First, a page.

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  • Showing only topics in ~life with the tag "ask.survey". Back to normal view / Search all groups
    1. Consider the life you want to live, from the essentials to the luxuries. House, car, food, tech, kids, etc. Furthermore, consider where you want to live. Rural France? Downtown Tokyo? For the...

      Consider the life you want to live, from the essentials to the luxuries. House, car, food, tech, kids, etc. Furthermore, consider where you want to live. Rural France? Downtown Tokyo?

      For the purposes of the question I don't want you to think of the life of your wildest dreams (e.g. private jet, personal island, etc.), but I don't want you to think bare minimum either. Focus instead on "comfortable and fulfilling" according entirely to your own standards--a life that lets you live well and follow your aspirations with a sense of financial safety. Do not feel obligated to give a low, reasonable answer if your aspirations are higher, and don't feel obligated to shoot high if you're fine with a lower-cost lifestyle. Set your number entirely based around the desired archetypal life you want, rather than what you think is necessarily achievable based on your current financial situation.

      Furthermore, don't anchor your hypothetical income to real-world standards. If you want to, for example, teach kindergarteners for a living and live in downtown San Francisco, and your desired income is $200,000 USD a year, that's perfectly fine for the purposes of this discussion despite the fact that you would be hard pressed to find a school there in real life that pays that much. I'm much more interested in the hypotheticals of the costs in your life rather than the feasibility of the income. Think of this less as a real-world budget and more of a thought experiment/personal reflection.

      With all that in mind:

      • What are the details of the life you want to live?
      • Where do you want to live it?
      • How much money would you need each year to make that feasible for you, and why?

      I'm not interested in anything exact--just a ballpark estimate. And you don't need to give a full budget or anything. This should loose napkin math at best.

      Also, to make things easier for everyone:

      • Give your money as an amount per year.
      • Give the currency you're using.
      • Use combined income if your desired life involves multiple people.
      • Do not judge someone else's desired life nor income.

      Also, please specify which currency you are reporting in so that people can convert it to their local currency if needed to get a better sense of it.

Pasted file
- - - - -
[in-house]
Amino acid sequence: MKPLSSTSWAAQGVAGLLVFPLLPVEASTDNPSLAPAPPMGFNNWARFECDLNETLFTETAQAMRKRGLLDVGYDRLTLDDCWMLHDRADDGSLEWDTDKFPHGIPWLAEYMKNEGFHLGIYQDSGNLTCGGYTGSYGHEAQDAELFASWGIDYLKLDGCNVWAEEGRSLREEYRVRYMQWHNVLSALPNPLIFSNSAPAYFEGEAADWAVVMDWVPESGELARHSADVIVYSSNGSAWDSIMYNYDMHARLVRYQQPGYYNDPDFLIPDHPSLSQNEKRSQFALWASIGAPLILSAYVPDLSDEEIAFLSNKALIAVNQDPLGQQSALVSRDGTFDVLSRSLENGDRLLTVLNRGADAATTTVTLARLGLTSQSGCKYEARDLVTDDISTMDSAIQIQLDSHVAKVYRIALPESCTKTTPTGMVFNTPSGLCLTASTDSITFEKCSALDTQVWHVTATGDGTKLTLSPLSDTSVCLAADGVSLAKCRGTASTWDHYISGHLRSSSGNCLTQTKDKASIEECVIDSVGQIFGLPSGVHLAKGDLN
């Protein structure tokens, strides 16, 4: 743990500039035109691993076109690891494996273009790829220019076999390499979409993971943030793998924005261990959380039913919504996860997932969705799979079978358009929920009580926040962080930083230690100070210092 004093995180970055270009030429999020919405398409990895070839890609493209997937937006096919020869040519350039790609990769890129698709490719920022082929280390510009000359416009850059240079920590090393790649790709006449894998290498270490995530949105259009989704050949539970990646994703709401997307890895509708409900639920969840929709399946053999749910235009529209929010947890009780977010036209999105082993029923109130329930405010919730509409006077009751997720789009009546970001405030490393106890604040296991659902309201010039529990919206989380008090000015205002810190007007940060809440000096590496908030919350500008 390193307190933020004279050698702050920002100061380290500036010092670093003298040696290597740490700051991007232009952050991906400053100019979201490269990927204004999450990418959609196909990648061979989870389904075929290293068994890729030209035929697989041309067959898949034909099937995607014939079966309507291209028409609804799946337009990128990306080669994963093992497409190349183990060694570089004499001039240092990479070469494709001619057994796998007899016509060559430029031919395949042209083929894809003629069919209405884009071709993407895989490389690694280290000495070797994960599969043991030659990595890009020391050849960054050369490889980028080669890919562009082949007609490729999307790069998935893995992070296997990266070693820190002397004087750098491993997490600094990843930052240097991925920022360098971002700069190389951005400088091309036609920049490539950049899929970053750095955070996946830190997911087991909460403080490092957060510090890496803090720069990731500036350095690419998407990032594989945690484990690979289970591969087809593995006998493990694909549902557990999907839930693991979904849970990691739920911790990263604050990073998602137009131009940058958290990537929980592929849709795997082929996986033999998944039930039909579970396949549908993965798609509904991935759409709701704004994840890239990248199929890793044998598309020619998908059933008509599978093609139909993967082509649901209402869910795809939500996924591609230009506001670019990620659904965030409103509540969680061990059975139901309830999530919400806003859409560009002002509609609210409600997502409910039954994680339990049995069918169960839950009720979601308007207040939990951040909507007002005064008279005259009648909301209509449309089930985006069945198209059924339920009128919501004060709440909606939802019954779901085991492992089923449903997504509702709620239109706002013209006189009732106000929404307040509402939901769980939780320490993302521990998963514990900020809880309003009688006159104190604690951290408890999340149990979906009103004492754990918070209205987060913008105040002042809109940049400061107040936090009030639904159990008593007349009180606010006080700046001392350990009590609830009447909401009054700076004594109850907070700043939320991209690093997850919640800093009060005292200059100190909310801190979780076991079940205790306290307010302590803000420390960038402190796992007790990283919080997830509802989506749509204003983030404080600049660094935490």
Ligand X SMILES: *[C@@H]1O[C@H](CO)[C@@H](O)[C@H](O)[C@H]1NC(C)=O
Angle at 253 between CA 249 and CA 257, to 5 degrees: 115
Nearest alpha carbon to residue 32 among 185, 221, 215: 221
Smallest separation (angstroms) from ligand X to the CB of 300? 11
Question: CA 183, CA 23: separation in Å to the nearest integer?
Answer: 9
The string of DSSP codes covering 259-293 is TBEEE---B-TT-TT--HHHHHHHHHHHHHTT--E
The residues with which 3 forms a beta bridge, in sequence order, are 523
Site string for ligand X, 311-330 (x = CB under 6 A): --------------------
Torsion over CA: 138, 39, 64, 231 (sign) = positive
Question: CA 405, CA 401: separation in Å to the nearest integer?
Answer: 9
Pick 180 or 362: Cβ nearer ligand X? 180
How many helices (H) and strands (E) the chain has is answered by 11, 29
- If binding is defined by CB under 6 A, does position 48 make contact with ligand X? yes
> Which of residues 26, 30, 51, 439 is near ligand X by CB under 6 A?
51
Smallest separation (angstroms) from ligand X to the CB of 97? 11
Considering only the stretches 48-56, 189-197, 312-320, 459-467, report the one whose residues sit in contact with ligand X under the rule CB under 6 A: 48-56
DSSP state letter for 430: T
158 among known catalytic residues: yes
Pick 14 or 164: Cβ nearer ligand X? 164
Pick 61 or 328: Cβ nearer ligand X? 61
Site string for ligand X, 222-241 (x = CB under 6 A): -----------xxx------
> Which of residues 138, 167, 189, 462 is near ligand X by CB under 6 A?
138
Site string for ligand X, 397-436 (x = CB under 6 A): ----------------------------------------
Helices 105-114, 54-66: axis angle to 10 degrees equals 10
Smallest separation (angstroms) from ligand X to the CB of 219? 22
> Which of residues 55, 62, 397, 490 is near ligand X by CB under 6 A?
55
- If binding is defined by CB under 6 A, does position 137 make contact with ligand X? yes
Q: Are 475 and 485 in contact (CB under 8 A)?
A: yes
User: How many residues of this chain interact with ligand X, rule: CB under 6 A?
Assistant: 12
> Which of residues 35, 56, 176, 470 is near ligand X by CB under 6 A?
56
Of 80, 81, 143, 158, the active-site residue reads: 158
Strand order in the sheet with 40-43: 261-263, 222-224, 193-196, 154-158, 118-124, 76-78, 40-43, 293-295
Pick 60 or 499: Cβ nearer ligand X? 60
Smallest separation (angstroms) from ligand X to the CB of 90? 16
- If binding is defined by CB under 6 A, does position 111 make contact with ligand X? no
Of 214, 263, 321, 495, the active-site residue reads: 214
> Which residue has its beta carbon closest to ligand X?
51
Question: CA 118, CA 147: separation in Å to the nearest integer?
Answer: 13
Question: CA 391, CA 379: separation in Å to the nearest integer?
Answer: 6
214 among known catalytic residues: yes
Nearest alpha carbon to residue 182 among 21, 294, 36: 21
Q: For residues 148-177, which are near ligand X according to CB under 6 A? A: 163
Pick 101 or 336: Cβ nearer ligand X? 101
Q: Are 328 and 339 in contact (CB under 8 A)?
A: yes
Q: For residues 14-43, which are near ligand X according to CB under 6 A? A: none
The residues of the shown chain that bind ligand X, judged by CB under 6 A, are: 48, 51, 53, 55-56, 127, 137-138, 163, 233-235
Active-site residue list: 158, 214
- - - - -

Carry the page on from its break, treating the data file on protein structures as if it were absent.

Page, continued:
16 votes
    2. There are, sadly, far too many people and companies out there more than willing to take advantage of people. Fortunately, awareness is usually a good defense. What are some scams that we should...

      There are, sadly, far too many people and companies out there more than willing to take advantage of people. Fortunately, awareness is usually a good defense. What are some scams that we should all know about so that we don't fall for them?

      38 votes
    3. I read the graphic novel version of her book ("The Life-Changing Manga of Tidying Up"), and it was cute and pleasant. The whole consultation side of her business skeeves me out a bit (MLM vibes?),...

      I read the graphic novel version of her book ("The Life-Changing Manga of Tidying Up"), and it was cute and pleasant. The whole consultation side of her business skeeves me out a bit (MLM vibes?), but corporate nonsense aside, I do like organization and minimalism a lot.

      Anyways, I'm curious what other people's experiences with the general outlook of minimalism, now that it's been some time since the Netflix series blew up. What do you think?

      12 votes
    4. Someone asked me this recently, and I wasn't sure how to answer. Not because I can't self-identify things I've accomplished, but because it can seem boastful to openly express them. For this...

      Someone asked me this recently, and I wasn't sure how to answer. Not because I can't self-identify things I've accomplished, but because it can seem boastful to openly express them.

      For this thread, I want to remove any and all social restrictions on boasting. Talk yourself up! Be loud and proud! Navel-gazing is not only allowed, but encouraged!

      I chose the title based off how the question was phrased to me, but I'm really interested in what you consider to be your most positive achievements and characteristics. As such, consider the following series of questions as a jumping off point:

      • What are you most proud of in your life?
      • What are your biggest accomplishments/successes in life?
      • What are you good at?
      • What are your unique talents and skills?
      • What makes you individually awesome and stand out from others?
      • What significant hardships have you overcome?
      • How you have you changed your life, others' lives, or the world for the better?
      20 votes
    5. Working and studying from home, it's hard not to acquire bad habits. Most of the time I follow the Pomodoro Technique, so I have constant small breaks instead of large ones. But sometimes I just...

      Working and studying from home, it's hard not to acquire bad habits. Most of the time I follow the Pomodoro Technique, so I have constant small breaks instead of large ones. But sometimes I just stay on the computer looking at different things such as Reddit and Tildes, and it doesn't feel very restful. At the same time, if I change the context too much, it's easy to lose track of time (yes, even with apps), and I have trouble refocusing on my work, study etc.